Novacast, 27 miles away in Melksham, cast this solar shading. When specifying aluminium components produced using other fabrication techniques it is unwise to request more than 35 to 50 per cent recycled content, as this is the current limit of global supply of recycled aluminium, unless you can set up a specific local closed loop. Oliver Moos, MD of Gautschi Engineering GmbH, observed in 2015: “Approximately 47 per cent of the aluminium processed annually is made up of recycled material.” Norsk Hydro, in its plant at Holmestrand, near Oslo, recycle aluminium drink cans from the UK into rolled aluminium alloy sheet used to form standing seam roofing. They produced the roof sheeting of both the Velodrome and Aquatic Centre for the London 2012 Olympics. Aluminium alloy standing seam roof systems offer architects and building owners rapidly assembled roofs that are affordable, reliable and durable.


A key question for specifiers of aluminium alloys in the 21st century is where the aluminium comes from, and the power generation mix of that region. It is possible within a performance specification for a building to successfully request only hydroelectrically produced aluminium. We achieved this on the rooflights on a major office building in England, working with architects Bennetts Associates. The aluminium extrusions of the rooflights were sourced, using a competitive tender process, from a region that uses hydroelectric power to smelt aluminium – Québec, Canada, where the power mix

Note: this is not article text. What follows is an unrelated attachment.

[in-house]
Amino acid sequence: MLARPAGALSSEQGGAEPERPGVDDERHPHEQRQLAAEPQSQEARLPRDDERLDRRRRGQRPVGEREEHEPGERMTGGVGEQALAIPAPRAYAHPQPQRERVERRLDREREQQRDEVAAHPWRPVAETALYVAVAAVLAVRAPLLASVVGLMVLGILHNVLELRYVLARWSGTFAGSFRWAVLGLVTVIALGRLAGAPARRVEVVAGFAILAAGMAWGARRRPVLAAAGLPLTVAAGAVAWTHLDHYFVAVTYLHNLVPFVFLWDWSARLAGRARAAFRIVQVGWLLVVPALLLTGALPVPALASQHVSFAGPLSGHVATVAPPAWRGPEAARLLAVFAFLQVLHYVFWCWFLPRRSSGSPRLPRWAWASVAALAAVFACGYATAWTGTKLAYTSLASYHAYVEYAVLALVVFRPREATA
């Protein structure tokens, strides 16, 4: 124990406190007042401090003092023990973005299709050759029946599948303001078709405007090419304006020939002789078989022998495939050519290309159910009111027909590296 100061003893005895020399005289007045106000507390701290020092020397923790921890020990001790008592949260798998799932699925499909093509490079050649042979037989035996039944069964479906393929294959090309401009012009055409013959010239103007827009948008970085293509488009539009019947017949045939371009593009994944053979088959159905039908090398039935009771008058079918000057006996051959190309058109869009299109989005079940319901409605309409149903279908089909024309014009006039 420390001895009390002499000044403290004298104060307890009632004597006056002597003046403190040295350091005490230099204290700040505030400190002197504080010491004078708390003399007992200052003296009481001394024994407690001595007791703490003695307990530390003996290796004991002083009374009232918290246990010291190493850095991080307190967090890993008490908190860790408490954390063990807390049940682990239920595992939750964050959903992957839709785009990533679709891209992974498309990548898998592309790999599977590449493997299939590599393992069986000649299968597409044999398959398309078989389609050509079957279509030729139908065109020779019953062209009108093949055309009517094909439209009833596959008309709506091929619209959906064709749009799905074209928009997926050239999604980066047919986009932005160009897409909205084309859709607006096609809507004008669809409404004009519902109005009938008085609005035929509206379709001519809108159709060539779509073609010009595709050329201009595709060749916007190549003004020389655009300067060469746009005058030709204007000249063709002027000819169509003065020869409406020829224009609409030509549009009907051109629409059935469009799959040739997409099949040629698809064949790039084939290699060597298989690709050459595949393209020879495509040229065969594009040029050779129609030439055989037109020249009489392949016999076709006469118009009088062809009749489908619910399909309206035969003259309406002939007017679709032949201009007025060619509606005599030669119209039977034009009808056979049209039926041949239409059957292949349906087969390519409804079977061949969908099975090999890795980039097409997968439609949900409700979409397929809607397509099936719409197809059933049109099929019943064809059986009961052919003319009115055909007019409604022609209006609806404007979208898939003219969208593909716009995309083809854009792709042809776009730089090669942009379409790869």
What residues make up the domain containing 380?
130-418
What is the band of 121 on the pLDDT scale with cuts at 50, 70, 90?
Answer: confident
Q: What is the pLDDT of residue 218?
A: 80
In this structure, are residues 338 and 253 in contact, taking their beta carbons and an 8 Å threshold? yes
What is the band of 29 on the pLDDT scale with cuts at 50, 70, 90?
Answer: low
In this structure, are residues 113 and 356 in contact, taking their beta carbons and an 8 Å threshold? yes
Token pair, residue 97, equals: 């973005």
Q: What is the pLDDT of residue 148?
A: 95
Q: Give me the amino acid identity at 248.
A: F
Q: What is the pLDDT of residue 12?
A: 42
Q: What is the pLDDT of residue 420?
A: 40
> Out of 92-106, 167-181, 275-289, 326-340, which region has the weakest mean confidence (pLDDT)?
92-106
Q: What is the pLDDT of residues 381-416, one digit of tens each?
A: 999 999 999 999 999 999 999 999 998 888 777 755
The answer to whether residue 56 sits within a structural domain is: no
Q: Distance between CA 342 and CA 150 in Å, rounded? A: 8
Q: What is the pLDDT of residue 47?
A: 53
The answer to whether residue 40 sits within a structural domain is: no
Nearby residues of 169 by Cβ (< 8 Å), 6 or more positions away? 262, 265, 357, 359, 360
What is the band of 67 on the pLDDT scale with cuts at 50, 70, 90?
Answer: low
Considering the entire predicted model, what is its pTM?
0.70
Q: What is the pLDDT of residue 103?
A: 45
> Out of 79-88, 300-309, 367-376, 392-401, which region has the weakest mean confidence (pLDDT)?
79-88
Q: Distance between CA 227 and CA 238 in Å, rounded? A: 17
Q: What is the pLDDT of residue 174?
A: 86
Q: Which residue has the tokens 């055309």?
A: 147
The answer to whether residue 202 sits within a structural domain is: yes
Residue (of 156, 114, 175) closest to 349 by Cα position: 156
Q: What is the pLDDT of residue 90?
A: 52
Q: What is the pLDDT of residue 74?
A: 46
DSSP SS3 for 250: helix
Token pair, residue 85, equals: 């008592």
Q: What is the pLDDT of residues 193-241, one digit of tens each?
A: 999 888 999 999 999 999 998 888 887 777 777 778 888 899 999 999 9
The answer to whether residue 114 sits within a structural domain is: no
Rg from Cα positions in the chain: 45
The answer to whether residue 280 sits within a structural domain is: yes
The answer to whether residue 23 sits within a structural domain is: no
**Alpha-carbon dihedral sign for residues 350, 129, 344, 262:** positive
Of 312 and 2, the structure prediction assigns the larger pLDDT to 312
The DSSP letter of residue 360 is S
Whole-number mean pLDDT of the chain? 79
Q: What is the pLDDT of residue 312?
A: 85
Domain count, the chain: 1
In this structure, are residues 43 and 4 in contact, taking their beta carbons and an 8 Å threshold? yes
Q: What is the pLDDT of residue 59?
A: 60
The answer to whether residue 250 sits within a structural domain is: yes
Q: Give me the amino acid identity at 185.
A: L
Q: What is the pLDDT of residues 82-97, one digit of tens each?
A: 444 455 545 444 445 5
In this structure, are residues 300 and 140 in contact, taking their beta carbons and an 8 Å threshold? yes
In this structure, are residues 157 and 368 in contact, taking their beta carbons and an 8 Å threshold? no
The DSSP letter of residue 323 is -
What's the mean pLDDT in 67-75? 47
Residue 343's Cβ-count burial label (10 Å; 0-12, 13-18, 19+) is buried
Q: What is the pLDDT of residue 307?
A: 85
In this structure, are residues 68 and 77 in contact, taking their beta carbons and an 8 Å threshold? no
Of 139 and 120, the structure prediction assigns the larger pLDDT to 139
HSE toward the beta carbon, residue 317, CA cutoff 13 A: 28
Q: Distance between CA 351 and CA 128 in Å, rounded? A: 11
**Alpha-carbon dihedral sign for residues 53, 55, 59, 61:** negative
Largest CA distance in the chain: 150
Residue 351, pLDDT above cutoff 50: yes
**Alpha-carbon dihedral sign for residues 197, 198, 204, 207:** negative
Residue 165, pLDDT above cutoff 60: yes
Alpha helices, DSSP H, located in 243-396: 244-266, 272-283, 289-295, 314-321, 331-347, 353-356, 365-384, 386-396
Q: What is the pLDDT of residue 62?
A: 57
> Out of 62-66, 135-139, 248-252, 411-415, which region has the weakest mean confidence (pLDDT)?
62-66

is 96 per cent hydroelectricity. This saves 500 kg CO2 equivalent when compared to the global power mix.

A Soluxio Solar Lamppost – an “exemplar of a circular economy” © Sapa Soluxio

Designed for disassembly Sapa’s collaborative Soluxio Solar Lamppost is modular, designed for disassembly (DfD), solar powered, highly integrated and equipped with intelligent sensors and locators. It is also an exemplar of a circular economy. It utilises circular aluminium extrusions to make the lamppost structurally efficient, slender, elegant and aerodynamic. It integrates solar cells in a circular glass enclosure which is not dependent on orientation, thus lampposts can be placed as needed to provide street and pavement lighting. FlexSol, the company which markets the lamppost, will collect and recycle existing posts and in turn the Soluxio can be relocated and or recycled readily, being DfD. As a mode of design thinking, DfD can enhance architecture, as architect and supply chain need to think through the assembly process. The Hive, designed by artist Wolfgang Buttress is a project that both raises awareness of ecology in terms of the plight of the honeybee, and is an exemplar of DfD. The UK pavilion at the Milan Expo 2015, it was assembled by Stage One in just six months, including groundworks. Comprising almost 170,000 waterjet cut aluminium components, its bolted assembly facilitated its relocation to the Royal Botanical Gardens, Kew, in summer 2016. Originally considered temporary, Buttress discussed the possibility of it having a final journey to a public park in Nottingham, where his studio is based. However, the Hive has been credited with raising attendance at Kew Gardens by 40 to 45 per cent and a planning application was logged with Richmond Council to make it permanent, subsequently granted this June. Its cultural value makes it more valuable than the sum of its environmental impacts. Aluminium is very versatile – offering design flexibility and

durability. It can be used to make an iPhone, Lord’s Media Centre, or a housing for experiments that examine the fabric of the Universe at the Large Hadron Collider. Architecture is more than packaging; in a confusing world littered with ephemera, it can provide an authentic voice. It can be both profound and purposeful.

NMAAHC’s form is direct response to the geometry of the Washington Monument © Michael Stacey

Professor Michael Stacey is senior partner at Michael Stacey Architects and Visiting Professor at the Bartlett, University College London


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